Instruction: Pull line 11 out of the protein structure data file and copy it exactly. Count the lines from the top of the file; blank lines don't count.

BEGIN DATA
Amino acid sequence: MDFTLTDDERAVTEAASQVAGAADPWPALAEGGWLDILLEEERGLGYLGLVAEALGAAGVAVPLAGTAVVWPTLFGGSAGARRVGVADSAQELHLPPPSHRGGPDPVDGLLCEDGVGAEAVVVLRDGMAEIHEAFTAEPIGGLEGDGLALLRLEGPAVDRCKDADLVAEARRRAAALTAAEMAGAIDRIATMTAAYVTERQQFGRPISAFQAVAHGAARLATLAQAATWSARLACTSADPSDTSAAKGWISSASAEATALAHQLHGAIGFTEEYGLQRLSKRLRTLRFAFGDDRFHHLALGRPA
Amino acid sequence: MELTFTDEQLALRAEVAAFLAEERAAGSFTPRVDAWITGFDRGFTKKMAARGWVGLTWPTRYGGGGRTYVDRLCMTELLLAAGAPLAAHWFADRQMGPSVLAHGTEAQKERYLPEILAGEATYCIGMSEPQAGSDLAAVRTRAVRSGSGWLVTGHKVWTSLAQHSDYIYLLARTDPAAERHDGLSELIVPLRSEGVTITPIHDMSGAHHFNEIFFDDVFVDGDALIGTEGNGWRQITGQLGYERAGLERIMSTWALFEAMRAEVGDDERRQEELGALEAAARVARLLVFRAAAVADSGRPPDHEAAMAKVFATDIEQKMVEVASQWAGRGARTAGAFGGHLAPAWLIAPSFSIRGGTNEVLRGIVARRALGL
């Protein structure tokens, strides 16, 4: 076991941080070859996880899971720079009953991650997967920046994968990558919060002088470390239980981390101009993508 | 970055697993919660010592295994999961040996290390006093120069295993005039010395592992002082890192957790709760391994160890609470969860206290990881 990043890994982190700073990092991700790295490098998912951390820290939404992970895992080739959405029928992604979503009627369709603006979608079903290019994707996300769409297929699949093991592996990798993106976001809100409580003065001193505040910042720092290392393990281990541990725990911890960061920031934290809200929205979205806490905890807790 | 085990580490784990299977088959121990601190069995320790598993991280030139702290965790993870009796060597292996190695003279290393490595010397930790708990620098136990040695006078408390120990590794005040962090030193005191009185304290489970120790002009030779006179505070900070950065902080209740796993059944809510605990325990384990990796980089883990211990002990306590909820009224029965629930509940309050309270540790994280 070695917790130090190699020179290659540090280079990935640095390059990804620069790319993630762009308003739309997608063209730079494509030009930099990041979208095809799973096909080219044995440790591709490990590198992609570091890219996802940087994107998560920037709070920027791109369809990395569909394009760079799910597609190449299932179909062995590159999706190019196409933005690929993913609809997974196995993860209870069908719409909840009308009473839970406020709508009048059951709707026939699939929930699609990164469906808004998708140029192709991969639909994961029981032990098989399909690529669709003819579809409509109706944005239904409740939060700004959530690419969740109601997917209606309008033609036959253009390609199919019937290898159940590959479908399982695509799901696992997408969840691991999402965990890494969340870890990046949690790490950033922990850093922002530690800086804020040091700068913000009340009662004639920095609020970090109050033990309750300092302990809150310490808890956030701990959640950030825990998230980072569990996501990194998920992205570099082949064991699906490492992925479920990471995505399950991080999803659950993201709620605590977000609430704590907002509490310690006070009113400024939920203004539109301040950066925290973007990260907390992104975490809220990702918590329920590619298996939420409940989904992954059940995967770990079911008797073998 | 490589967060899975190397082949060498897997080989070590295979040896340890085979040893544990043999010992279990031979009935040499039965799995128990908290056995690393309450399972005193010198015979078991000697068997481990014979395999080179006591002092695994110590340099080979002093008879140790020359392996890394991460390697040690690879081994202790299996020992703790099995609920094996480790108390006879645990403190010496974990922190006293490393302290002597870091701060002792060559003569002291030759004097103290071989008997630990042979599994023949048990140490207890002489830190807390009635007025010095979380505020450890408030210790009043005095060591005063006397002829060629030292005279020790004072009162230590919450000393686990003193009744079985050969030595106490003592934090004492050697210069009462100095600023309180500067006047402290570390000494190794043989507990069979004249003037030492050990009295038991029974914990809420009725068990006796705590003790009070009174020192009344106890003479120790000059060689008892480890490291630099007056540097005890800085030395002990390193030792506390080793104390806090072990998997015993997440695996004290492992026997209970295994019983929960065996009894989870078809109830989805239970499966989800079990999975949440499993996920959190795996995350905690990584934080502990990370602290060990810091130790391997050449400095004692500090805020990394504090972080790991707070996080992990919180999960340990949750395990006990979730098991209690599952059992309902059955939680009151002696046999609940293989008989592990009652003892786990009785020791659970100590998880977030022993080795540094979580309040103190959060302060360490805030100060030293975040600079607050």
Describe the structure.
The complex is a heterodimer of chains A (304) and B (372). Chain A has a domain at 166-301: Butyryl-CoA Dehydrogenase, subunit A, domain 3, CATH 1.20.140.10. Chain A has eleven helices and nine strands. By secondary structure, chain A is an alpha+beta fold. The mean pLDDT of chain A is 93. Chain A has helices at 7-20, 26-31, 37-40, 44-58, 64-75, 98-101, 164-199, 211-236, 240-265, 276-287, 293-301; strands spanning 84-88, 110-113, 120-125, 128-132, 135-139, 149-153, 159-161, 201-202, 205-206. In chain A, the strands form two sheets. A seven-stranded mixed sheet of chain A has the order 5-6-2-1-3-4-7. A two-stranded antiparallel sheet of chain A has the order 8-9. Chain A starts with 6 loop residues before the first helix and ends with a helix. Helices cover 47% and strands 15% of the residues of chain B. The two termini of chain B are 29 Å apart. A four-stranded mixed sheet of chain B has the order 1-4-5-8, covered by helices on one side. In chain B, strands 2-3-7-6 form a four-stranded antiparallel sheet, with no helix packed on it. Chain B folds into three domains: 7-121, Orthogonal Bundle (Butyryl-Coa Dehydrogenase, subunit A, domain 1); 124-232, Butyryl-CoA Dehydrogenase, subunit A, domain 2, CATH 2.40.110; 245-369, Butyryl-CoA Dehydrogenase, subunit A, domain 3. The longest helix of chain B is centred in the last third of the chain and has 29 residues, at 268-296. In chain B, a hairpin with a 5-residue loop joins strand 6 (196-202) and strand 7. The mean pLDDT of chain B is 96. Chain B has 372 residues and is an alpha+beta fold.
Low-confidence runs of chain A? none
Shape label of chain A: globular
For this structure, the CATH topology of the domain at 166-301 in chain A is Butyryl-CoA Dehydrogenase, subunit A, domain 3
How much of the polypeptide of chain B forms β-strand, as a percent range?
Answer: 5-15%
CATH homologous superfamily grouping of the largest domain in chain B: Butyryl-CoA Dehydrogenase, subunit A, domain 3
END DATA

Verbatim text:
CATH homologous superfamily grouping of the largest domain in chain B: Butyryl-CoA Dehydrogenase, subunit A, domain 3